A Love Letter for the Season

This article originally appeared in The Curator November 20, 2009.

Dear Autumn,

You are the sexiest of all the seasons. When you come around, I drop everything and give myself to you wholly. I will be your mistress, and I will love you even on the darkest and greyest of days. I will lay in the grass and stare up at the nakedest of trees, thinking only of you.

I will never call you fall, only autumn. Fall is so pedestrian, and the way I feel about you is deep and serious and sophisticated. You are the season in which I was born, and I am saturated by you.

It’s my understanding that many people love summer, and prefer it to you. What are they thinking? No afternoon in the hot sun on the beach or beside the pool compares to a hike in an autumn wood or curling up under a fleece blanket beside a crackling fireplace. Who needs the bright colors of summer when they can have the curl of yellow, fiery red, or savory, scrumptious orange? I’d even take your crunchy browns over that summer gleam. I need to tell you that summer doesn’t hold a candle to you, especially for a northern girl who, like me, finds herself living south of the Mason-Dixon line. Spending the summer running from one air conditioned space to another is not my idea of a good time. I loathe air conditioning, and loathe summer all the more for making it necessary. Summer is the most painful of seasons.

Photo: Shari Altman

Photo: Shari Altman

So, every year I wait for you. Beginning in September, when I’ve had all I can take of humid, sweaty, melty days, I check the weather report religiously, waiting for your arrival. I trust that you will rescue me, and every year, without fail, you do. It’s always later than I would hope, usually mid-October, a good month or so after the calendar touts your arrival and long after you’ve swept through my old stomping grounds.

My family calls to tell me that it’s forty degrees when I’m still melting in eighty degree heat. Forty degrees may be cold, but I get jealous. I long for you. I want more than anything to pull down my box of sweaters and wear them all in your name. I want to walk outside and feel my cheeks flush at a passing breeze. I want you with me forever.

Though I am grateful to have you, I know that for now I don’t have you fully. Not here, where I currently call home. Where I live is subtropical, and you don’t venture that far south. Instead you blow kisses in my direction, enough to drop the temperatures a bit, but you prefer the north. You change the colors of their leaves, keep them swaddled in wool scarves and turtlenecks, and encourage the ample stocking of firewood. I don’t begrudge you this. After all, I decided to move away. What I didn’t realize is that I was leaving you. I took you for granted for so many years, and now that I yearn for you and want you back, I can’t have you. And you know it.

Photo: Shari Altman

This morning, I went for a walk looking for evidence of you. The sky was grey, swelling with the onset of a storm. The wind gusted and whipped my hair across my face. I saw block after block of green leaves on trees that refuse to admit that summer is over and it’s time to let go.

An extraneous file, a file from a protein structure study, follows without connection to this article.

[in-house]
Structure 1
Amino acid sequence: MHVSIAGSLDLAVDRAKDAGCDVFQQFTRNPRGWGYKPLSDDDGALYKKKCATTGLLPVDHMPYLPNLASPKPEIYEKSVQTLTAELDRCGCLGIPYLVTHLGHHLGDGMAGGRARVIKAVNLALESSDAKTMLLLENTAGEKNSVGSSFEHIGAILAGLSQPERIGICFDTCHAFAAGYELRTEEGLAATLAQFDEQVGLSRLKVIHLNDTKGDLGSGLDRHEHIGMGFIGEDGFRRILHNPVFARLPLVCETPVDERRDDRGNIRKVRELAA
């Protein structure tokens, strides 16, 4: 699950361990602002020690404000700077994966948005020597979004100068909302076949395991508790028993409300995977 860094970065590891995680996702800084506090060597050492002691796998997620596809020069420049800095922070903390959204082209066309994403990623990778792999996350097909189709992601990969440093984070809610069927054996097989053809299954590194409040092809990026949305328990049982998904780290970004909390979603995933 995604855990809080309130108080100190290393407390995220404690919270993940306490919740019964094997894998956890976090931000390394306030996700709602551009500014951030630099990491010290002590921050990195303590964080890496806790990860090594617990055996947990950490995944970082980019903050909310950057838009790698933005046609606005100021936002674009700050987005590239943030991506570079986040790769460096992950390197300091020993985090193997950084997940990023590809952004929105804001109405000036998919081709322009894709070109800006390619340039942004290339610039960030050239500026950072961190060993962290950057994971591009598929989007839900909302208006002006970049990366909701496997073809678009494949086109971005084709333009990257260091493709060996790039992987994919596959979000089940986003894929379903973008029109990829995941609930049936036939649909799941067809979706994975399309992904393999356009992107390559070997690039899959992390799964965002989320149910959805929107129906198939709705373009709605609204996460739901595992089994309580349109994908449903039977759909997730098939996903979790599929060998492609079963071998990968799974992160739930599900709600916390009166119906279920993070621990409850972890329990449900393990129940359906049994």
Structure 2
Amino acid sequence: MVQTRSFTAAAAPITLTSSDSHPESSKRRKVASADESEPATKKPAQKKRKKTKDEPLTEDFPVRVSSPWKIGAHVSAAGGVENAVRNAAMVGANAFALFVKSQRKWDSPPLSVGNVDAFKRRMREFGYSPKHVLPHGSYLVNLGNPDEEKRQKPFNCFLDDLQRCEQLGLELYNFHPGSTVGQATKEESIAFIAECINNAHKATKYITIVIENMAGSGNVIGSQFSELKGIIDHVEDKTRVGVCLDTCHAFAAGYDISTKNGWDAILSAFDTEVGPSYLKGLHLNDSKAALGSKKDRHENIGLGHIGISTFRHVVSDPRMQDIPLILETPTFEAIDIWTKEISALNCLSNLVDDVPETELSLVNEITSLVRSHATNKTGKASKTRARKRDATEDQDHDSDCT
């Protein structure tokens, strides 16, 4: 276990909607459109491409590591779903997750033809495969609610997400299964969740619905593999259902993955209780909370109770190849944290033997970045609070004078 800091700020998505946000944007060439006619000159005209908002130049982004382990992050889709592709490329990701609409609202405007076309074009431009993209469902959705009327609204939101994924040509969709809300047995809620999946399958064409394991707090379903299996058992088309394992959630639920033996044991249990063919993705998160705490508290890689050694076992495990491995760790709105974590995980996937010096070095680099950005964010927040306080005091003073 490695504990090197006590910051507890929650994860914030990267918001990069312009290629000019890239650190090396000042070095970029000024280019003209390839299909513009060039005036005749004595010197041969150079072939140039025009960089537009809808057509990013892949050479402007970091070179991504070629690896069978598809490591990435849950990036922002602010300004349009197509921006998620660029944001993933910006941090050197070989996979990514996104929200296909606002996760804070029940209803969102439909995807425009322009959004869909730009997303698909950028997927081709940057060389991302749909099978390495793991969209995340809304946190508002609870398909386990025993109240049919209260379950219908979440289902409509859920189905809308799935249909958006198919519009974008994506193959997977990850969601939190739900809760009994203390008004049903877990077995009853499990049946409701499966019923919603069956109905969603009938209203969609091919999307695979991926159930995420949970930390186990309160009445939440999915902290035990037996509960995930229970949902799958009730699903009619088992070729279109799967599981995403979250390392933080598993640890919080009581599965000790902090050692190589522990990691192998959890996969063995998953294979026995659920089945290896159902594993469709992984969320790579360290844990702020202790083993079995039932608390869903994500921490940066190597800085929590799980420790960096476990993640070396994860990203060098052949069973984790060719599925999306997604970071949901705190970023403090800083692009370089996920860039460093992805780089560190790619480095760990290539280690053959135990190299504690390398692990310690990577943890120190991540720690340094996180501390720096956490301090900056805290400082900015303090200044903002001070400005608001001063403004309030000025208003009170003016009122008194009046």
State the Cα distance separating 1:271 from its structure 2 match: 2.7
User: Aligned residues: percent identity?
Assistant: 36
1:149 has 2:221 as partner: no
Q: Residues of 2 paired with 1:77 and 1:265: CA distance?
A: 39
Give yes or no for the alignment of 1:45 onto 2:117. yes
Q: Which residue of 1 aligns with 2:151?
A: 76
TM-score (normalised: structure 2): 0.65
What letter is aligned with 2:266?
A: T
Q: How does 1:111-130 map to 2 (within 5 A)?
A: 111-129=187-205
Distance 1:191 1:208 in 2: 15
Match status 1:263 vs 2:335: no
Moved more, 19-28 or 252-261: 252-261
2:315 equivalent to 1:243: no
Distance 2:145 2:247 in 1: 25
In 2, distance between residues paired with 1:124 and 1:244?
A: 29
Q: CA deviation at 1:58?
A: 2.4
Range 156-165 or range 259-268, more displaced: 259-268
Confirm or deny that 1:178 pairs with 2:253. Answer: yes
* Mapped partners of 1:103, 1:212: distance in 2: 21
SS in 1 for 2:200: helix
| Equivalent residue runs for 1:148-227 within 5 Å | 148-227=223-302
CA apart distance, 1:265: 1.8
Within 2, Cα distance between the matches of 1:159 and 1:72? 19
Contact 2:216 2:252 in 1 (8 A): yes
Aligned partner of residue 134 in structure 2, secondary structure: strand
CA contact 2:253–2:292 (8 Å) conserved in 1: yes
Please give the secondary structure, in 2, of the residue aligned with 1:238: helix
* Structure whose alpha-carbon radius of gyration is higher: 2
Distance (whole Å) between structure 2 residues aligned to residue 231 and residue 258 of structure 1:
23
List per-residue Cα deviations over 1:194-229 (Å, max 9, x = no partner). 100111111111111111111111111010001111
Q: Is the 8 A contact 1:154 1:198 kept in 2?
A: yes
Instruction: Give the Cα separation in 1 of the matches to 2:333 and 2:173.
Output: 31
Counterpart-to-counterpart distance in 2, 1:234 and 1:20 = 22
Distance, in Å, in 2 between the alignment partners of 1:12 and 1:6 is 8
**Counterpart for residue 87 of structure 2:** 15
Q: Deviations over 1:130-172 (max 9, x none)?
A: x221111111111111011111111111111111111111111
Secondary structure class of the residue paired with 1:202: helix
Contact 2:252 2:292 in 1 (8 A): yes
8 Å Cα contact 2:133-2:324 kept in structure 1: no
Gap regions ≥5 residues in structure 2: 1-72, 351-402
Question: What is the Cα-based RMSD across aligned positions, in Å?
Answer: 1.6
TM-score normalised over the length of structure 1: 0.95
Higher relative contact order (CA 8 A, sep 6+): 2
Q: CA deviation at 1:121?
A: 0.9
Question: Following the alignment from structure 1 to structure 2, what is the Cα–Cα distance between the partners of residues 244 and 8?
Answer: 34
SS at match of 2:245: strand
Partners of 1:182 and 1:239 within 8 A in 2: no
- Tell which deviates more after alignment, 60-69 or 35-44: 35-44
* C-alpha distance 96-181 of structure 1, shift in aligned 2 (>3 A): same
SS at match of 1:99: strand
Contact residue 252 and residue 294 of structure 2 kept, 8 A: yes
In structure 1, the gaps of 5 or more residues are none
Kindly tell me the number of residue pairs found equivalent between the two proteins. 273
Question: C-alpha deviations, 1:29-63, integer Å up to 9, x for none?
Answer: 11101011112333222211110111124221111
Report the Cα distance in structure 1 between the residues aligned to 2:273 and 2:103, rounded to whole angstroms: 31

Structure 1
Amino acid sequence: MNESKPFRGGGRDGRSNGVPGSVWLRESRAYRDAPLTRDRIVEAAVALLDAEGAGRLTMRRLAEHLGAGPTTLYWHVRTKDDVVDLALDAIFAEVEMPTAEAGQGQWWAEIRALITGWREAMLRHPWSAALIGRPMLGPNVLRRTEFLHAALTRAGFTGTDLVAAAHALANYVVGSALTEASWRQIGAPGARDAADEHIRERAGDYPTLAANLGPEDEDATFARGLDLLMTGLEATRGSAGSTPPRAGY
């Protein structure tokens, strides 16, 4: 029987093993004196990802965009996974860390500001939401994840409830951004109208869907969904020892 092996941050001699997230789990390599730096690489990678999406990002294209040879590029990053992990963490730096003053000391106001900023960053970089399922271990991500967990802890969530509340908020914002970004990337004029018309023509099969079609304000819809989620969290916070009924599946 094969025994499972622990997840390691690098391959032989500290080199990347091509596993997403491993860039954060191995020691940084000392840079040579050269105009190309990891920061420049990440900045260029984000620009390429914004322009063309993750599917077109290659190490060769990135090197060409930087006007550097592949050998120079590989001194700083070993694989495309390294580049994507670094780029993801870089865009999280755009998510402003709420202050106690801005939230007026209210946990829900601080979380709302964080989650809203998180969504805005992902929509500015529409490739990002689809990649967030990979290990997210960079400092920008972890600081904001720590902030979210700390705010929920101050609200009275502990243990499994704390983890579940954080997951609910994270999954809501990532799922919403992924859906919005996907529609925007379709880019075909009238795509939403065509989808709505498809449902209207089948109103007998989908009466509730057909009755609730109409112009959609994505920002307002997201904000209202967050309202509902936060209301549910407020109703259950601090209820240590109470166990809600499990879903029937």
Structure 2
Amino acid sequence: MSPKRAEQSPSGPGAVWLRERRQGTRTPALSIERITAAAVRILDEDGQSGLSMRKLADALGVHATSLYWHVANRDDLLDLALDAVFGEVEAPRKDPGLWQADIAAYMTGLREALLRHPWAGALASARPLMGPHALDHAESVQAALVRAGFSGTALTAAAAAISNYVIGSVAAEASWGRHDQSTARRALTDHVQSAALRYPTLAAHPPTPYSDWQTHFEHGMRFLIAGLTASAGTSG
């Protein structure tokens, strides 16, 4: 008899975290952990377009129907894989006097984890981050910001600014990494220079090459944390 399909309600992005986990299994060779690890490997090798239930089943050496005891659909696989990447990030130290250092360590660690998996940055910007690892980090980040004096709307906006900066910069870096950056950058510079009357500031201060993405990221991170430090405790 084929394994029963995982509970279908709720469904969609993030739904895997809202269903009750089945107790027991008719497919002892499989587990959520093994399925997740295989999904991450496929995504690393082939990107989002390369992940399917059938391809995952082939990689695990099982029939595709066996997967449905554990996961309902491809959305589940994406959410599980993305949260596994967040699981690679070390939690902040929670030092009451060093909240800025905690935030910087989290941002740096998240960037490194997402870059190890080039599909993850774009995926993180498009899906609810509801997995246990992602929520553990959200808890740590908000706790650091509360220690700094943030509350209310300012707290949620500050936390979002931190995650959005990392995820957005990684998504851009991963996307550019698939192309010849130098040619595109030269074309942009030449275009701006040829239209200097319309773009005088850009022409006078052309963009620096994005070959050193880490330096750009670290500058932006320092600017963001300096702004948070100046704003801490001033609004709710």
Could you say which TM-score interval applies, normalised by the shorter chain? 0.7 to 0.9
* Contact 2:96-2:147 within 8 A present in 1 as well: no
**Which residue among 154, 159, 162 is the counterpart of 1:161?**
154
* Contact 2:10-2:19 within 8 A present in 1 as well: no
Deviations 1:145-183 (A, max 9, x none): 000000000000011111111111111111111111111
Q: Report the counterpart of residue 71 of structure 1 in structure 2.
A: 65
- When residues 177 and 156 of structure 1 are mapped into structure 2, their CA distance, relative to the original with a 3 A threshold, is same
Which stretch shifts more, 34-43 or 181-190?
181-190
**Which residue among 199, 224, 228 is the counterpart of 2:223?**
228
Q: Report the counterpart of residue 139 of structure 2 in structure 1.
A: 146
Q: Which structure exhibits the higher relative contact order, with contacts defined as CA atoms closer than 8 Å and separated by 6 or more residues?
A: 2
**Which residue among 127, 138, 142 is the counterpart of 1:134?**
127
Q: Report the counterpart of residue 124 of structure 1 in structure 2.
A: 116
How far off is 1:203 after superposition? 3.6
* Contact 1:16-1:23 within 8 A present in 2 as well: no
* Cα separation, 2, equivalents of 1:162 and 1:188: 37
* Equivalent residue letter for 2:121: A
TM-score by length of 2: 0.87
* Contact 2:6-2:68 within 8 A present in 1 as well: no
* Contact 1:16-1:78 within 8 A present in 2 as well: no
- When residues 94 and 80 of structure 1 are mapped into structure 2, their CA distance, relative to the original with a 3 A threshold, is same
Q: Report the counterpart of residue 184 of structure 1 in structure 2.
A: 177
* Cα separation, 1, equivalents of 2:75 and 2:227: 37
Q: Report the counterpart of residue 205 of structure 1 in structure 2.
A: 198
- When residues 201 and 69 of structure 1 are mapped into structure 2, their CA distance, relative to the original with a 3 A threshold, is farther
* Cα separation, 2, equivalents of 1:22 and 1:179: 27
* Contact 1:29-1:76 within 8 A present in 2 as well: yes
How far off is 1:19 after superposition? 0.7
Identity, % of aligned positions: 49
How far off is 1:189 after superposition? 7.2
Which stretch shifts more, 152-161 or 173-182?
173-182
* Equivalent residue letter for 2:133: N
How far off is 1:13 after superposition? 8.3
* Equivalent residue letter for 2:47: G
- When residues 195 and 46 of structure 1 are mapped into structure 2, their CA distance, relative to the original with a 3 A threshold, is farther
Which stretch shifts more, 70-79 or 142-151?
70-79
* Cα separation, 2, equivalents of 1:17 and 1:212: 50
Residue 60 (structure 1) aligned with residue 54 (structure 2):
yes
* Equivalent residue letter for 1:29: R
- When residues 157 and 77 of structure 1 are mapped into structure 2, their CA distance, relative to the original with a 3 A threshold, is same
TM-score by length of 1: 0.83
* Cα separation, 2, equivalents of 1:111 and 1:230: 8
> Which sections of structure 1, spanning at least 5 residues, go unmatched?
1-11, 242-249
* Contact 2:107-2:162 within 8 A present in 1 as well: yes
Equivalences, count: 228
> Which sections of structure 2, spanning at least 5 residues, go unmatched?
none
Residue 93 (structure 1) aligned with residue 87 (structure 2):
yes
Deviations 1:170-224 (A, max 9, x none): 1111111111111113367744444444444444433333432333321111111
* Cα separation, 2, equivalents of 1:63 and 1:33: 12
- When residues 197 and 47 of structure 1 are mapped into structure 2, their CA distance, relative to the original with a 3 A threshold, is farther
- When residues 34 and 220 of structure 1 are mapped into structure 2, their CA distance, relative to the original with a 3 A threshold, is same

But then I turned a corner and saw it – just a glimpse. A swirl of brown leaves on the sidewalk peppered with tiny red rebellious leaves, ones that have embraced you, ones that I love. I thought about chasing after them and catching as many little red leaves as I could, but I didn’t want to go overboard. Lord knows who would’ve seen me on the side of the road stuffing leaves into my shirt like a crazed game show contestant or a scarecrow.

I’m not quite that crazy. Instead, my mother-in-law has promised to wax leaves from the north and send them to me soon. Autumn, it’s not soon enough – I want them now.

Photo: Shari Altman

You are so much more than cool temperatures and changing leaves. You are a season, a time frame. You are September, October, and November. You are the beginning of the school year and the ushering in of the holidays. You are apples and pumpkins, hayrides, and corn mazes. You are my reason to wear corduroy.

This is a love that will surely endure the test of time.

When my husband and I gear up for baseball playoffs and football Sundays, I know you are close. He spends hours in the kitchen making chili and I make apple crisp and pumpkin bread. It’s all we eat for weeks at a time. We drink pumpkin spice coffee in the mornings and pumpkin ale at night. We savor you.

Autumn, without you, my life would be incomplete. You are the scarf around my neck, the cool air tickling my nose. I love you unapologetically, forever and ever.


The Hunt for the Real Autumn

Each year around this time, without fail, New York City is abuzz with the residents’ autumnal alacrity, having had had quite enough of the sweaty summer season. Enthusiastic praise is given first to the colors, then to the smells, eventually the tastes, and finally to the sensation of a crisp breeze wafting through city streets. With warm smiles anticipating the romance of a fairy tale, friends look at me with shining eyes and ask, “Don’t you just love the fall?”

Immediately, suspicion wells up within me. “Where are you from?” I ask, already knowing the answer to be one of three American states.

“California,” the majority of them say, though a few hail from Texas or Tennessee.

“That figures,” I mutter, sometimes under my breath, sometimes loud enough to be certain I’ve been heard. My response is always followed with the question: What is that supposed to mean?

It means this: I grew up in New England. What’s that supposed to mean, you ask? It means that generally, when it comes to autumn anywhere else, I’m emphatically not impressed. The mediocre color splotches available in Central Park plummet far below the standards of “fall foliage;” I’ve never even seen a pumpkin in the concrete jungle; and on the rare and coincidental occasion that I’ve caught a whiff of anything remotely resembling freshly-baked-pie-goodness, it has rapidly been followed by the smell of two-week-old-baked-goodness-tossed-in-the-garbage-pail, which – in case this part wasn’t clear – spoils the mood entirely.